This primary season, peel off political labels
It's primary season, so America is into political labels. Which is the real conservative, Romney or Santorum? Is Obama a European socialist? The more important question may be, 'What are you?' Surprisingly, the answer is probably 'all of the above.'
AP Photo/The Arizona Republic, Nick Oza
Because it’s an election year, our propensity to label every candidate and every proposal is on full display. Is Mitt Romney conservative enough? Is Obama a progressive, a liberal, or a European-style socialist as many of his critics try to portray him? And what exactly is a libertarian?
Maybe a more important question to ask is, “What are you?” The answer may not be as cut and dried as you think.
According to polls, 30 percent of people identify themselves as Republicans, 32 percent as Democrats, and 38 percent as independent; then there’s the broader conservative, liberal, moderate labels, which come in at 42 percent, 20 percent, and 38 percent, respectively.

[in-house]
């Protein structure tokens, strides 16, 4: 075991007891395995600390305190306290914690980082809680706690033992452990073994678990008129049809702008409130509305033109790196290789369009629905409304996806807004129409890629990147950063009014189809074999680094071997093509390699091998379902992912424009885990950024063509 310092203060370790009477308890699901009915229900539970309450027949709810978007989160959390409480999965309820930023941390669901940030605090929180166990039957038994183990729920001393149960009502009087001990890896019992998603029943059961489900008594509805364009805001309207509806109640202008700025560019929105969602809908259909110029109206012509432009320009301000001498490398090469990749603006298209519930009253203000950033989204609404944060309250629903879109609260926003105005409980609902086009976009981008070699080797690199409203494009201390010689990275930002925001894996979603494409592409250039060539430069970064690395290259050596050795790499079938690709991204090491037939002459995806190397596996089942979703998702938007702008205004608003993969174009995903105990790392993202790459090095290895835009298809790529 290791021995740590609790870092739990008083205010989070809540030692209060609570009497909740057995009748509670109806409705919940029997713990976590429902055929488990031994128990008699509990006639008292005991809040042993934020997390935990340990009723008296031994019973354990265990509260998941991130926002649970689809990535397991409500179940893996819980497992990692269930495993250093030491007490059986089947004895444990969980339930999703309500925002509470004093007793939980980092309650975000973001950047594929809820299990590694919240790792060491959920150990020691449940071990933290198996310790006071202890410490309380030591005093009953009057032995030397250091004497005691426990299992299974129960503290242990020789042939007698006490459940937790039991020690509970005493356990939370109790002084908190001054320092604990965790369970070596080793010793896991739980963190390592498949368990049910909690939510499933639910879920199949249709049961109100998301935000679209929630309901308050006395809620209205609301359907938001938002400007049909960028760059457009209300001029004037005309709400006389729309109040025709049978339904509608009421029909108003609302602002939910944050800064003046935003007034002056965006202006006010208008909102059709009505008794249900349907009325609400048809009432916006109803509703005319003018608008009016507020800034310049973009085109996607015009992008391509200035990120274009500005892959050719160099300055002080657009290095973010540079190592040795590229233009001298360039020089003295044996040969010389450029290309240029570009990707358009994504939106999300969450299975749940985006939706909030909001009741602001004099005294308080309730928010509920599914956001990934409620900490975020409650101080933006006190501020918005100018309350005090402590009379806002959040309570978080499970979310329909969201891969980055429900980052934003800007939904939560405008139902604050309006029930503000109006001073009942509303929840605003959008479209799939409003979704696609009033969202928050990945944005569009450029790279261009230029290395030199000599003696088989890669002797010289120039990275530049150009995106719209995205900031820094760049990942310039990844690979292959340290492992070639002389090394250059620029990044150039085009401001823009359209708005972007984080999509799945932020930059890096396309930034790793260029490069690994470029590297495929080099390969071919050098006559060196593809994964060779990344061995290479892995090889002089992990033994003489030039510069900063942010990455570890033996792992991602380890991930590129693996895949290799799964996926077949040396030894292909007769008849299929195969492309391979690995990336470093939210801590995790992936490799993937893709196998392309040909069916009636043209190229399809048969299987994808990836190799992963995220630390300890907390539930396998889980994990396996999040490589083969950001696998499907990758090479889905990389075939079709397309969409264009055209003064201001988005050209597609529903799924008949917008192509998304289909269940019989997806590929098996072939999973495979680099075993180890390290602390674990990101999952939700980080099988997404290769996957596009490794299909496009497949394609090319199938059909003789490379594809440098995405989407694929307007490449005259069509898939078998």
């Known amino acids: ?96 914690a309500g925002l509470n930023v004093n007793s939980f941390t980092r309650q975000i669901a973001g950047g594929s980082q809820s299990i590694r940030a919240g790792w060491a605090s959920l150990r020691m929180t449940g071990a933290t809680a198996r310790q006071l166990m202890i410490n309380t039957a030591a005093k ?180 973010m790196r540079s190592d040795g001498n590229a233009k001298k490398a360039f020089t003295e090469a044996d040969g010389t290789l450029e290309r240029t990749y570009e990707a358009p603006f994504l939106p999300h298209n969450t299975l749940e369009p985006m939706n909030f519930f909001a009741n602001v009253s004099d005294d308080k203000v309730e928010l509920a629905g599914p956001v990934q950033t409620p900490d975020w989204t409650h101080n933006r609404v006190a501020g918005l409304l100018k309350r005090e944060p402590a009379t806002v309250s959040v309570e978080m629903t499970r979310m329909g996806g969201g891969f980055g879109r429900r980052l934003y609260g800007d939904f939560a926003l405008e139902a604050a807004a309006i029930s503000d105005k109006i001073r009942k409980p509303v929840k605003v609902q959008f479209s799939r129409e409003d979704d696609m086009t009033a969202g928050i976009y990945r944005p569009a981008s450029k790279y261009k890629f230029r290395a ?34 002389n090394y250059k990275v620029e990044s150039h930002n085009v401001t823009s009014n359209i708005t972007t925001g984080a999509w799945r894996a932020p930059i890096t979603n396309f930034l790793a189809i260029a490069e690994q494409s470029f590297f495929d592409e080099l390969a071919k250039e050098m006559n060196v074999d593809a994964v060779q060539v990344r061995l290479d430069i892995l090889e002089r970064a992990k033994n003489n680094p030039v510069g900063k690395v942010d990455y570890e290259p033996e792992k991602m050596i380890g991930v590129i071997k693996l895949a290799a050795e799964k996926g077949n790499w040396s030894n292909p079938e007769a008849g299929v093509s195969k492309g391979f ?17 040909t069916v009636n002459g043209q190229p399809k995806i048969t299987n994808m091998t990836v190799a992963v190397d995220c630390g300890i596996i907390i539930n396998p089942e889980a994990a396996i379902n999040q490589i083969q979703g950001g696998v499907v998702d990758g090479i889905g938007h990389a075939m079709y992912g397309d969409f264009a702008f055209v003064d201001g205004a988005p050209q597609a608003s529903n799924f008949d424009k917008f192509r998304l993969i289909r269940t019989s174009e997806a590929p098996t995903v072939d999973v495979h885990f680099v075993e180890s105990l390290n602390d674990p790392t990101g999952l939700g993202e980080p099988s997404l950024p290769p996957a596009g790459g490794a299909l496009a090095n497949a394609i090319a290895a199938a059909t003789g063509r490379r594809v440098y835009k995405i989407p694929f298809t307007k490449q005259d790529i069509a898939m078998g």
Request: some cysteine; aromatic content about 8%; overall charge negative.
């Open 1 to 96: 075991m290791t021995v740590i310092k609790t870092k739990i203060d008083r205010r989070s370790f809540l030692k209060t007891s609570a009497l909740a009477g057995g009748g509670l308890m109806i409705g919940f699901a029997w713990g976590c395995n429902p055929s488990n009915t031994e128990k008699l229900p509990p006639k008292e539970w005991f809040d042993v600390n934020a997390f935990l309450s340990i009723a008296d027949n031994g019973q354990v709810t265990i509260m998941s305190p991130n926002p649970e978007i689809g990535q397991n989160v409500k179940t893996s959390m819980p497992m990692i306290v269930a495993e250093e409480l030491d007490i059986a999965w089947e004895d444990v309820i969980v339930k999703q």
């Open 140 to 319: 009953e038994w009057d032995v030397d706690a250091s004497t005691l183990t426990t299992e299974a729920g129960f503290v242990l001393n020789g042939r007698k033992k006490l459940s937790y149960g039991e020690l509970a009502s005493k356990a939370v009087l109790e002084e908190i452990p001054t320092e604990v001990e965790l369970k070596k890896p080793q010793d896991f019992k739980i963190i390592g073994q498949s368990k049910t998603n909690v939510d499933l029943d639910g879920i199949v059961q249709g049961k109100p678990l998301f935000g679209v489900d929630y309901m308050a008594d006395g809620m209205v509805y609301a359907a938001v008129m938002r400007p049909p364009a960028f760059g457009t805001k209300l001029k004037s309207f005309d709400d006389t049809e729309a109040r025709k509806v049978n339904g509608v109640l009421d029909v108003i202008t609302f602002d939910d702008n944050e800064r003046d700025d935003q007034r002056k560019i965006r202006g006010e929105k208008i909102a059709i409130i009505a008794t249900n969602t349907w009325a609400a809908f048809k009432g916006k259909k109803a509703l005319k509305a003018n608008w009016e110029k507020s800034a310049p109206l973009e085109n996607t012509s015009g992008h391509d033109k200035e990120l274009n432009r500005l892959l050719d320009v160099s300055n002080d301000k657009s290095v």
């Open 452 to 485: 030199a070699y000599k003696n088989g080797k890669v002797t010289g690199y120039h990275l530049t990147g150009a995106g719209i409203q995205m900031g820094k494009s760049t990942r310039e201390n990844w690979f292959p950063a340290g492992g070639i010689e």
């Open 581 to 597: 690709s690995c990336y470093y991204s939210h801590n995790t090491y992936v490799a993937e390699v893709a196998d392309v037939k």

So a sizable portion of Americans are moderate and independent. (Though not necessarily the same people).
But what does it mean to be moderate? Certainly not that you’re in the middle on every issue. Most likely you’re passionately conservative on some issues and passionately liberal on others. You share points of view with Rick Santorum and President Obama and Ron Paul. But because we push every candidate into an ideological box, it’s hard to see this, especially during a primary season.
During the Reagan years, when I was young, I thought of myself as a flaming liberal. Reagan seemed to represent everything that was wrong with conservatives. He funded the Pentagon while cutting human services budgets. He tried to break up unions. He believed in trickle-down economics. He was against funding Planned Parenthood. But mostly he was just the symbol of the other side to me.